Are you a BCC or a BDC?
A BDC in the automotive industry is not a new or innovative concept. People have been writing about, researching, and developing BDCs for years--and much more so with increased online presence. So why the sudden resurgence in discussions, blogs and forums again? Maybe because BDCs vary so much in size, style and approach and people are searching for common ground--a place where the BDC will actually develop business.
Because BDCs vary, there is much to read regarding how to appropriately create, staff, and manage a BDC. There is one commonality I have noticed, though. Many BDCs have nothing to do with business development. One of the guys I work with calls them BCCs--Business Communication Centers. The staff answers e-mails with templated responses, may or may not address customer questions, and leaves voicemails to customers. They are communicating--sometimes well and sometimes poorly--but are they developing business?
A Business Develop Center does just that--develops your existing business and causes it to grow. The staff creates bridges to the community and to your potential and current customer. They help bring your dealership from Point A to Point B, all the while developing relationships and inviting customers into your dealership.
This obviously cannot happen overnight. Cultivating a great BDC takes a few key elements to ensure its success.
Here are three key elements to a highly successful BDC--not a BCC.
Hire the right people.
Too many times BDCs are staffed with well intentioned, but ill-equipped employees. Some BDCs have morphed into these space-aged technologically advanced hubs where the staff have the newest computers, excellent scripts, and innovative processes. Others are staffed with the two schmucks who never sold a car and someone’s second cousin who just graduated high school.They were given a laptop and a desk located in the break room.
To be a part of the BDC takes a specific skill set and personality. If you think about it, the majority of car sales start through a BDC. It is estimated that 90% of buyers start their search online and send in an inquiry. Once that inquiry is received, it is up to your BDC to respond. You know that you are not the only dealership receiving the lead. It is more likely that at least two additional dealerships have received the same lead as you, so how your BDC responds is of the utmost importance. The right people will be well trained, able to hold a conversation, have the ability to think on their feet, and know enough about the dealership, product and process to sound authoritative and set appointments.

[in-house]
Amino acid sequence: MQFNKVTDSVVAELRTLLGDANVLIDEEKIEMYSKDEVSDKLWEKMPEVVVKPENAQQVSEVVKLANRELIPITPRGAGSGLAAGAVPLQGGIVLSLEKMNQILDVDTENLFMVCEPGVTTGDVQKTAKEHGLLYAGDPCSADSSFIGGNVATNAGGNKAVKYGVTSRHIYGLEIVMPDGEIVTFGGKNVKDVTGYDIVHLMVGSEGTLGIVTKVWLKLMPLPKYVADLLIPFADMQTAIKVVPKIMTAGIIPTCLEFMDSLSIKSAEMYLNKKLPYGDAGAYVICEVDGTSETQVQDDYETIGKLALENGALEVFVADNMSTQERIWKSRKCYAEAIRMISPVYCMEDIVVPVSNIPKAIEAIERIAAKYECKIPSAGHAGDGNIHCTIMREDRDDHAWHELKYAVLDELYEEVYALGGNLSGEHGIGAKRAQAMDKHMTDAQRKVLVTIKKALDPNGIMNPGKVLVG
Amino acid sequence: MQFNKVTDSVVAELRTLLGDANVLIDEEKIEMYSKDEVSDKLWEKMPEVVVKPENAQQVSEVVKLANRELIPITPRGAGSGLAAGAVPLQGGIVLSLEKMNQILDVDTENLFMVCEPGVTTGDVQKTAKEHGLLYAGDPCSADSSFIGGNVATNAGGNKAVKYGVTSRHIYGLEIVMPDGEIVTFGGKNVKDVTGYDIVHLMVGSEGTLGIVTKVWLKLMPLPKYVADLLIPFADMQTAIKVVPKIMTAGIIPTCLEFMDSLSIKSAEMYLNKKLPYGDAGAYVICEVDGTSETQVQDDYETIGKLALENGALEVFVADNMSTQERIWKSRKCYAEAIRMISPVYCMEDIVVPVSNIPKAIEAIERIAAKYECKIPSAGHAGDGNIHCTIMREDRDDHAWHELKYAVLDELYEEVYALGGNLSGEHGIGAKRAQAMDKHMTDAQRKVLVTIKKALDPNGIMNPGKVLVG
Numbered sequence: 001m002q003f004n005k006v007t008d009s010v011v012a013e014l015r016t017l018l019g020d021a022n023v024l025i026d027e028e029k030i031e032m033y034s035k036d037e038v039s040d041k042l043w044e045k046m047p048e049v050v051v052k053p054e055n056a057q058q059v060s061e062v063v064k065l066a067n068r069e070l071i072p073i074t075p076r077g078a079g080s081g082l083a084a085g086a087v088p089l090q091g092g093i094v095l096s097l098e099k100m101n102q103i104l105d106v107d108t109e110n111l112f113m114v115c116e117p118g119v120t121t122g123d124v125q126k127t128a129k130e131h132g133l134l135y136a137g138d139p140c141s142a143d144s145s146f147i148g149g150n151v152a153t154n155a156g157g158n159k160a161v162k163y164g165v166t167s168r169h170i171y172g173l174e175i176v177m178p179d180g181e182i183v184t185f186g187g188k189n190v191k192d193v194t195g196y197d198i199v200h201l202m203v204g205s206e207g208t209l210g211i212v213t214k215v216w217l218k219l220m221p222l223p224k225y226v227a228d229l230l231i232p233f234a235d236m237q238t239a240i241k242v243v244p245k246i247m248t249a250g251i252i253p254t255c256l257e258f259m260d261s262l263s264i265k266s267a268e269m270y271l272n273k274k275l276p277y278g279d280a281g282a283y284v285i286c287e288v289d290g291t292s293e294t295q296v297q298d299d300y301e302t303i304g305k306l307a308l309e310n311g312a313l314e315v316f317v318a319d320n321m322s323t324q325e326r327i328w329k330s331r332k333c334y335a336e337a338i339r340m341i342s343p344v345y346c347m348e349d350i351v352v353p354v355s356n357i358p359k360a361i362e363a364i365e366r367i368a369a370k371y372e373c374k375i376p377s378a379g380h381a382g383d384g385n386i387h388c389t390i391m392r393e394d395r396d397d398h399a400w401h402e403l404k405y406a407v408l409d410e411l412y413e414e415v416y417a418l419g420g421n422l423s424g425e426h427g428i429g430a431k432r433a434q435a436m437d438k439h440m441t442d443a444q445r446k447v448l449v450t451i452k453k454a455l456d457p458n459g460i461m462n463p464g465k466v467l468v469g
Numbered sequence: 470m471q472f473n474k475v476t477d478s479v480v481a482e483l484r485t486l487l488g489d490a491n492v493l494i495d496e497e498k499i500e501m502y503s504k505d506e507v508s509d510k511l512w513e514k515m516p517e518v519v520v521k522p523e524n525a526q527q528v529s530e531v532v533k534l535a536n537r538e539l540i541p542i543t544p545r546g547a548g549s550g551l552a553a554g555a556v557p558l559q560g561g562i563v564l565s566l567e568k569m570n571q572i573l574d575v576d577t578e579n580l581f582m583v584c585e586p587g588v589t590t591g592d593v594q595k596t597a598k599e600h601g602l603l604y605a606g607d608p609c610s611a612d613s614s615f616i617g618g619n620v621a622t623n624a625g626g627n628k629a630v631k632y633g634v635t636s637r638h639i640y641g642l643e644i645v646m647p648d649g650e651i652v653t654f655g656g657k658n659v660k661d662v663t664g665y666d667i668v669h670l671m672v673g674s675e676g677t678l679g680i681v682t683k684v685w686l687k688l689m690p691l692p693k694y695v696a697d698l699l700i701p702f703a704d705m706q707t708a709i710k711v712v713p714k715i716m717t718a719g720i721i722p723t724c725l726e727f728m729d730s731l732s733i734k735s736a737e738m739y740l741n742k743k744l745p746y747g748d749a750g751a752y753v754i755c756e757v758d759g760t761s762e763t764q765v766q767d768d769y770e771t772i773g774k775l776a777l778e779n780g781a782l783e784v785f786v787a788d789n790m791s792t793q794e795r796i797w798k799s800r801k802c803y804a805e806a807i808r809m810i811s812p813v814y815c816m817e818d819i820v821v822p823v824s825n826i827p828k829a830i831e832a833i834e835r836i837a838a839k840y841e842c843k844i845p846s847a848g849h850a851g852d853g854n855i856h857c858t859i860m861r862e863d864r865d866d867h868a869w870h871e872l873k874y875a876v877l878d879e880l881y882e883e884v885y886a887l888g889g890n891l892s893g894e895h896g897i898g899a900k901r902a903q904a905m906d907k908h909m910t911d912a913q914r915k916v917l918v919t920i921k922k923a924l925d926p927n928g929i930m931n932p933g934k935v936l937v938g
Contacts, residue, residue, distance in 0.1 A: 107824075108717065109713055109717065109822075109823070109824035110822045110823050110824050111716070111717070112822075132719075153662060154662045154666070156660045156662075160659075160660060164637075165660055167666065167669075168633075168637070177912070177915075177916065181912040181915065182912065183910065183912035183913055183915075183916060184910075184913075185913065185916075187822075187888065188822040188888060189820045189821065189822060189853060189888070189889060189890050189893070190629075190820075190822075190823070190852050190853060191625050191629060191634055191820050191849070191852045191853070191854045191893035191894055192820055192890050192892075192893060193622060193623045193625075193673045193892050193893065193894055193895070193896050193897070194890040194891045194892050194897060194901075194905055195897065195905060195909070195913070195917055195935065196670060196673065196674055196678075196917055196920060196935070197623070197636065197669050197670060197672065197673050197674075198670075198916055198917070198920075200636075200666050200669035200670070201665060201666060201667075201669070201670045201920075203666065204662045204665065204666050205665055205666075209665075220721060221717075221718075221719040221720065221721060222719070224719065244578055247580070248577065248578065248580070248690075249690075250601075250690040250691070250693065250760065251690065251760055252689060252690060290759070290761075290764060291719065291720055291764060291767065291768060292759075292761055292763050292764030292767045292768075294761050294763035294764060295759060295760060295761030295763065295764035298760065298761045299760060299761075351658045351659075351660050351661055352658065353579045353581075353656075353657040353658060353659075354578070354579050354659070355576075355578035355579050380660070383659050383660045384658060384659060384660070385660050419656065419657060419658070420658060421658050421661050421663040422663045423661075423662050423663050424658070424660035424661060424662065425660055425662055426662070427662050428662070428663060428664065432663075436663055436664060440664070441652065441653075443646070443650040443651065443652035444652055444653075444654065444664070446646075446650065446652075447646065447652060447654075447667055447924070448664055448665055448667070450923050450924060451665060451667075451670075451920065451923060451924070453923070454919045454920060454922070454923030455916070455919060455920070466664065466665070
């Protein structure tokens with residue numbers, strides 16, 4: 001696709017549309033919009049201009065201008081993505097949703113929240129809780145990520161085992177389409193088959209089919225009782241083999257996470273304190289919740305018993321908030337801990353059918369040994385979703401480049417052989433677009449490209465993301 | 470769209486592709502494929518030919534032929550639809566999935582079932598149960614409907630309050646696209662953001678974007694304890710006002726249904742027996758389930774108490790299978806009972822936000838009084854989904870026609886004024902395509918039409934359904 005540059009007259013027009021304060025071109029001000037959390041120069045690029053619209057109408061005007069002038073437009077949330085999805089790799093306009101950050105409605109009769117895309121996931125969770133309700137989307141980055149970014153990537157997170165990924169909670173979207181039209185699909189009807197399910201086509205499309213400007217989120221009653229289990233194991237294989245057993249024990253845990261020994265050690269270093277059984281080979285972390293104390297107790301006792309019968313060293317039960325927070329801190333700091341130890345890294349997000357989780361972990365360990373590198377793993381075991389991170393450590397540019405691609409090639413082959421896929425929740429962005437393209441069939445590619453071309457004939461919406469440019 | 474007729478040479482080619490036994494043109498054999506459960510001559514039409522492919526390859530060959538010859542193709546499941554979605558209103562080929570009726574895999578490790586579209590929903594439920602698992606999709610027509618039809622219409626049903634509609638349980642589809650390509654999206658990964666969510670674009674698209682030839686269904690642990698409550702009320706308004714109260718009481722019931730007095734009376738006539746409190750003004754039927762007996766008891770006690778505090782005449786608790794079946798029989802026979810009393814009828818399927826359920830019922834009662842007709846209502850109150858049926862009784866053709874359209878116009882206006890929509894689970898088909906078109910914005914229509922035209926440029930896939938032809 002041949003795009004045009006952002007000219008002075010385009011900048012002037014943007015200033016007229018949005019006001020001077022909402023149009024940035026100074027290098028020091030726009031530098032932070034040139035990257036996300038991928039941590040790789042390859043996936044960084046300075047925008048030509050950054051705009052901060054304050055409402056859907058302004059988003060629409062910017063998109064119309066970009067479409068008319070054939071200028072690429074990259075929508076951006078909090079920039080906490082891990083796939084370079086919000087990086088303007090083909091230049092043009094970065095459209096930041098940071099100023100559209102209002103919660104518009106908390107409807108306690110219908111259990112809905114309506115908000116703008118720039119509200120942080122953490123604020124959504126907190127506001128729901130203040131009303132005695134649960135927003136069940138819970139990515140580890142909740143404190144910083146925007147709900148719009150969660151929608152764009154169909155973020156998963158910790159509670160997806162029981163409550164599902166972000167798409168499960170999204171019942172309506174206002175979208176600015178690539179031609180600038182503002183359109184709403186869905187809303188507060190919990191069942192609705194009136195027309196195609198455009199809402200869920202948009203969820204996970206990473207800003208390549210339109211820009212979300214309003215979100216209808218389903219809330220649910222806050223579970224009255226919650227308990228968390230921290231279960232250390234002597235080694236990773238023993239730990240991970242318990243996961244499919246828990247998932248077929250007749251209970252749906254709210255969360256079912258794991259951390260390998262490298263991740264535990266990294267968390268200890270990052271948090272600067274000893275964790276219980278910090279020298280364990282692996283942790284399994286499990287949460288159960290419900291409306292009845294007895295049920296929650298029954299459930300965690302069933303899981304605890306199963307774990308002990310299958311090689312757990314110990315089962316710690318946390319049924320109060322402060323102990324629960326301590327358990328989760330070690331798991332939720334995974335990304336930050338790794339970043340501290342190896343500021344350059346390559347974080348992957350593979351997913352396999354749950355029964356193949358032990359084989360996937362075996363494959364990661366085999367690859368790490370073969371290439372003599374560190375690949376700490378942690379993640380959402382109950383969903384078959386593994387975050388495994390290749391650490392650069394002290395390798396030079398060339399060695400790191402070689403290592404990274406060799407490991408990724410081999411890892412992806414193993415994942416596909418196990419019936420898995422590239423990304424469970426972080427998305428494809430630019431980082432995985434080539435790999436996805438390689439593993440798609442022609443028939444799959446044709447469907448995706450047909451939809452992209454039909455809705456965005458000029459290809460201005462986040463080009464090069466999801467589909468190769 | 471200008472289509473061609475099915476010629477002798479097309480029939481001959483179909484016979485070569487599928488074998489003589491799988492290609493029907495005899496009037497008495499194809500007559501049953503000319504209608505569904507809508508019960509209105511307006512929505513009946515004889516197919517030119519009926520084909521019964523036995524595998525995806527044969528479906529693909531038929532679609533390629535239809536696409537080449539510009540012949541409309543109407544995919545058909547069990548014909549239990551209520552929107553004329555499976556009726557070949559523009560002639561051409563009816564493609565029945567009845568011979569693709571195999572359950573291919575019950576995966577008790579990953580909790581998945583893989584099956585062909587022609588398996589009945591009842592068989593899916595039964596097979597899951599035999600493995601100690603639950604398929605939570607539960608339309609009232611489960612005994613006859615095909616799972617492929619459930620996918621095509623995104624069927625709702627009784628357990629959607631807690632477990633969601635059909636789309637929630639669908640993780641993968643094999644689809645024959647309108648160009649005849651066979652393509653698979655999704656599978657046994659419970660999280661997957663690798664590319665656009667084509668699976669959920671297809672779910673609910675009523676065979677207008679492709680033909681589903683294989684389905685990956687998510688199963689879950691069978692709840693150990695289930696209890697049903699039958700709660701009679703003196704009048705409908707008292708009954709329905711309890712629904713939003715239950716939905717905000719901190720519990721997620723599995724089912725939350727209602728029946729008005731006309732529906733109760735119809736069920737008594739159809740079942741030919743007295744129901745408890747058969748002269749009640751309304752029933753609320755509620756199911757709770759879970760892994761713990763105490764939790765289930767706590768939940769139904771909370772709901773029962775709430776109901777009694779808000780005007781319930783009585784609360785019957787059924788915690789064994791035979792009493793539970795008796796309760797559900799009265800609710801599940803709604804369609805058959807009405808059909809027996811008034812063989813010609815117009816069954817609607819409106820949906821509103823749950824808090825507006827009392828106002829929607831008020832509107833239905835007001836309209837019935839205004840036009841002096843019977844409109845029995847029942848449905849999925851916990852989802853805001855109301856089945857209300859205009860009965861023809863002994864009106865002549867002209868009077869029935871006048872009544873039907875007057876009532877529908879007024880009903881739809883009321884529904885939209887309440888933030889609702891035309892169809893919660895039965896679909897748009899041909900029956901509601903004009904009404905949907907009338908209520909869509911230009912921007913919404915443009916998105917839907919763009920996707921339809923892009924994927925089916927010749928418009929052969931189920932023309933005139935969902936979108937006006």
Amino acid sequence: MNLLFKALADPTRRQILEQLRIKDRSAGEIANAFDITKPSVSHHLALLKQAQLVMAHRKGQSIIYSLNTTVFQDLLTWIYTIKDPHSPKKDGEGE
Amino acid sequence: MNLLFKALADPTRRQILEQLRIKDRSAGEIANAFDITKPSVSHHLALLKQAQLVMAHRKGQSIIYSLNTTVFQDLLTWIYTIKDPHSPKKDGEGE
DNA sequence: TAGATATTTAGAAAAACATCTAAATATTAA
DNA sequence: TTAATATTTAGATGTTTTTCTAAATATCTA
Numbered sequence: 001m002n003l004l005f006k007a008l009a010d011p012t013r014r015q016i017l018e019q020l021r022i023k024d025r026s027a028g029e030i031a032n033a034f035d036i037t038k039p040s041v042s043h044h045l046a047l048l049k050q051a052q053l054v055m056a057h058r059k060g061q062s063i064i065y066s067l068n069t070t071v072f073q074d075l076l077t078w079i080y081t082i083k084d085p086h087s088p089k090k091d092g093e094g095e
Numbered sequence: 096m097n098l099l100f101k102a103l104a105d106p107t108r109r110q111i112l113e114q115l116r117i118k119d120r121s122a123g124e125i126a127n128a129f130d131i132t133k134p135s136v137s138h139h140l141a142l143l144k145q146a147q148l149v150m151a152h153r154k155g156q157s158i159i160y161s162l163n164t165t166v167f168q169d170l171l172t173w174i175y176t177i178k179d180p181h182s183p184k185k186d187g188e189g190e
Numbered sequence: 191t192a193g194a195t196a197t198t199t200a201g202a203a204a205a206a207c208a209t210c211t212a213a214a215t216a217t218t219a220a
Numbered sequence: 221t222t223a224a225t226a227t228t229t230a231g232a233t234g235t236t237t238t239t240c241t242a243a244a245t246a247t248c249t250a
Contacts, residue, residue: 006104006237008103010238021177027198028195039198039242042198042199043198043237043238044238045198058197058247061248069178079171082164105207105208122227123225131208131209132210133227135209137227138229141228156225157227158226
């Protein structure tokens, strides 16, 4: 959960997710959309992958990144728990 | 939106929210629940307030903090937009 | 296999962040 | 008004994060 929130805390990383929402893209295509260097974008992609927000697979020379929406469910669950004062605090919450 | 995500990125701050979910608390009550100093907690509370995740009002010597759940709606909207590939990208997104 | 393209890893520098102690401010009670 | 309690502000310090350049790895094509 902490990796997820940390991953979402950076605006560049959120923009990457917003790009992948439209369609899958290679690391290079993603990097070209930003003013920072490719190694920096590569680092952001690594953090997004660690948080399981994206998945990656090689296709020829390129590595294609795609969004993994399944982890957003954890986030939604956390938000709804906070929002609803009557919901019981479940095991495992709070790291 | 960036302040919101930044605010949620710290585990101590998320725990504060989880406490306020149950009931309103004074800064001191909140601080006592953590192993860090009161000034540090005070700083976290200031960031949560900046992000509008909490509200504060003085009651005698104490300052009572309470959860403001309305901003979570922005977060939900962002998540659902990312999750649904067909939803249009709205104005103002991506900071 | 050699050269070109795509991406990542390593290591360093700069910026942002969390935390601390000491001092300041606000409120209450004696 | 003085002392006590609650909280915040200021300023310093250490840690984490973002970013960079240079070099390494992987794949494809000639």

Train your BDC and INVEST in them.
There are some basic skills that every BDC must have to not only function, but to develop business. Phone skills are obviously the first key ingredient. Phone skills sell. Whether it results in setting an appointment or selling the car at that moment, you must train your BDC how to talk and interact on the phone.
When training phone skills, you can also incorporate the relational sale. I am a firm believer that relationships still highly affect the sell. In this market of click and buy, there are still times when you want a person--a point of contact-- to help you navigate your bigger purchase. In these situations, relationships win. Train your BDC to ask the right questions, to truly listen to the customer, and assist them in their search. If you can transition from begging for the appointment to consulting the customer, you will see a dramatic shift in the culture of your BDC and the number of appointments set.
An additional note--often there is training on what to say to customers, but it must also be noted that we must train our BDC with what NOT to say. In our desire to disclose as much information as possible, we can talk someone out of the sale. Remember--less is more. Answer questions, but don’t give so much information that you paint yourself in the corner. Sometimes silence can sell better than 1,000 words.
For everything you do to reach a customer, there are three other dealerships trying the same approach. You want to be innovative and think broadly. When you are in the trenches, you have a different perspective on what works and what does not. Keep an open mind and collaborate as much as possible with your BDC. If you have hired the right people and have trained them well, listen to their ideas. The main point is to think outside of the box. What sells cars? Focus on what works and put your effort there. If phone skills are more important than e-mail skills, focus on the phone. There are companies, such as BetterCarPeople, who can help with the initial first response via e-mail. They are trained in how to respond with an original, individualized, not automated response. That will free up your BDC to make calls and build relationships with customers.
BDCs are hugely important to the growth of your dealership. BCCs are not. Make sure that your dealership is developing business and reaching customers where they are.